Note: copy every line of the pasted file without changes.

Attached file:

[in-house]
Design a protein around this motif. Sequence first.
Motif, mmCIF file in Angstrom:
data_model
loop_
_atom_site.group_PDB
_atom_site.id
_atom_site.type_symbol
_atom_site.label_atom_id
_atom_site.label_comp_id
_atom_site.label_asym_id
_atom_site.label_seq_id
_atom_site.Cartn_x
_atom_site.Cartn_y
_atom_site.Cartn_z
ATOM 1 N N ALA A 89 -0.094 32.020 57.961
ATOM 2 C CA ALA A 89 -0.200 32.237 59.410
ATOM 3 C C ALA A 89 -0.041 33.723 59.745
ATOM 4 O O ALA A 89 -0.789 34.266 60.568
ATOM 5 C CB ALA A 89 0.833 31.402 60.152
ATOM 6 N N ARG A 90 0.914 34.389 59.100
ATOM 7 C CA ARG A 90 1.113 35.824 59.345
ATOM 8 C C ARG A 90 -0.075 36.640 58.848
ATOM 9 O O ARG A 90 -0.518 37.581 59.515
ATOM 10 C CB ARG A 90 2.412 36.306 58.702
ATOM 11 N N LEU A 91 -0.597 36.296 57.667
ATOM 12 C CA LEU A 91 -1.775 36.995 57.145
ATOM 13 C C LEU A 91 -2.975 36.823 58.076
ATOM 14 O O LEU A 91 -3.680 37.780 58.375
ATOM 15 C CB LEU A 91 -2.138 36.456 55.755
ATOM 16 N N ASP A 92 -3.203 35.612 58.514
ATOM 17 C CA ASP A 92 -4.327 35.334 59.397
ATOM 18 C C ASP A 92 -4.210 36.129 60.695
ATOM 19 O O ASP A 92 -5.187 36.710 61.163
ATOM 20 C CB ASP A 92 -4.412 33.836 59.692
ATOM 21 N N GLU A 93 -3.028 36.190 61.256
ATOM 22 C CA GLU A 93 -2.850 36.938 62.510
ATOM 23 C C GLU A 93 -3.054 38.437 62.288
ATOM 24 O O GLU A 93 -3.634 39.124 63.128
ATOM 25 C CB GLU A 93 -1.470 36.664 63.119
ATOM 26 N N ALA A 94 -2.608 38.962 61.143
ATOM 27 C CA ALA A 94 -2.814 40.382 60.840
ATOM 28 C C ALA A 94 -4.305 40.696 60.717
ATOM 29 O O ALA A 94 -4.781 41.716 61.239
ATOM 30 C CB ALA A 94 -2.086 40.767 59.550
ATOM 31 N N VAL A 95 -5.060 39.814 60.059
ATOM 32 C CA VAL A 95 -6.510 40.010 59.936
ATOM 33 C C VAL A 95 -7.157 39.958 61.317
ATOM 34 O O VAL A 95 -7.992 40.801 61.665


[in-house]
Design a protein around this motif. Sequence first.
Motif, mmCIF file in Angstrom:
data_model
loop_
_atom_site.group_PDB
_atom_site.id
_atom_site.type_symbol
_atom_site.label_atom_id
_atom_site.label_comp_id
_atom_site.label_asym_id
_atom_site.label_seq_id
_atom_site.Cartn_x
_atom_site.Cartn_y
_atom_site.Cartn_z
ATOM 1 N N ALA A 89 -0.094 32.020 57.961
ATOM 2 C CA ALA A 89 -0.200 32.237 59.410
ATOM 3 C C ALA A 89 -0.041 33.723 59.745
ATOM 4 O O ALA A 89 -0.789 34.266 60.568
ATOM 5 C CB ALA A 89 0.833 31.402 60.152
ATOM 6 N N ARG A 90 0.914 34.389 59.100
ATOM 7 C CA ARG A 90 1.113 35.824 59.345
ATOM 8 C C ARG A 90 -0.075 36.640 58.848
ATOM 9 O O ARG A 90 -0.518 37.581 59.515
ATOM 10 C CB ARG A 90 2.412 36.306 58.702
ATOM 11 N N LEU A 91 -0.597 36.296 57.667
ATOM 12 C CA LEU A 91 -1.775 36.995 57.145
ATOM 13 C C LEU A 91 -2.975 36.823 58.076
ATOM 14 O O LEU A 91 -3.680 37.780 58.375
ATOM 15 C CB LEU A 91 -2.138 36.456 55.755
ATOM 16 N N ASP A 92 -3.203 35.612 58.514
ATOM 17 C CA ASP A 92 -4.327 35.334 59.397
ATOM 18 C C ASP A 92 -4.210 36.129 60.695
ATOM 19 O O ASP A 92 -5.187 36.710 61.163
ATOM 20 C CB ASP A 92 -4.412 33.836 59.692
ATOM 21 N N GLU A 93 -3.028 36.190 61.256
ATOM 22 C CA GLU A 93 -2.850 36.938 62.510
ATOM 23 C C GLU A 93 -3.054 38.437 62.288
ATOM 24 O O GLU A 93 -3.634 39.124 63.128
ATOM 25 C CB GLU A 93 -1.470 36.664 63.119
ATOM 26 N N ALA A 94 -2.608 38.962 61.143
ATOM 27 C CA ALA A 94 -2.814 40.382 60.840
ATOM 28 C C ALA A 94 -4.305 40.696 60.717
ATOM 29 O O ALA A 94 -4.781 41.716 61.239
ATOM 30 C CB ALA A 94 -2.086 40.767 59.550
ATOM 31 N N VAL A 95 -5.060 39.814 60.059
ATOM 32 C CA VAL A 95 -6.510 40.010 59.936
ATOM 33 C C VAL A 95 -7.157 39.958 61.317
ATOM 34 O O VAL A 95 -7.992 40.801 61.665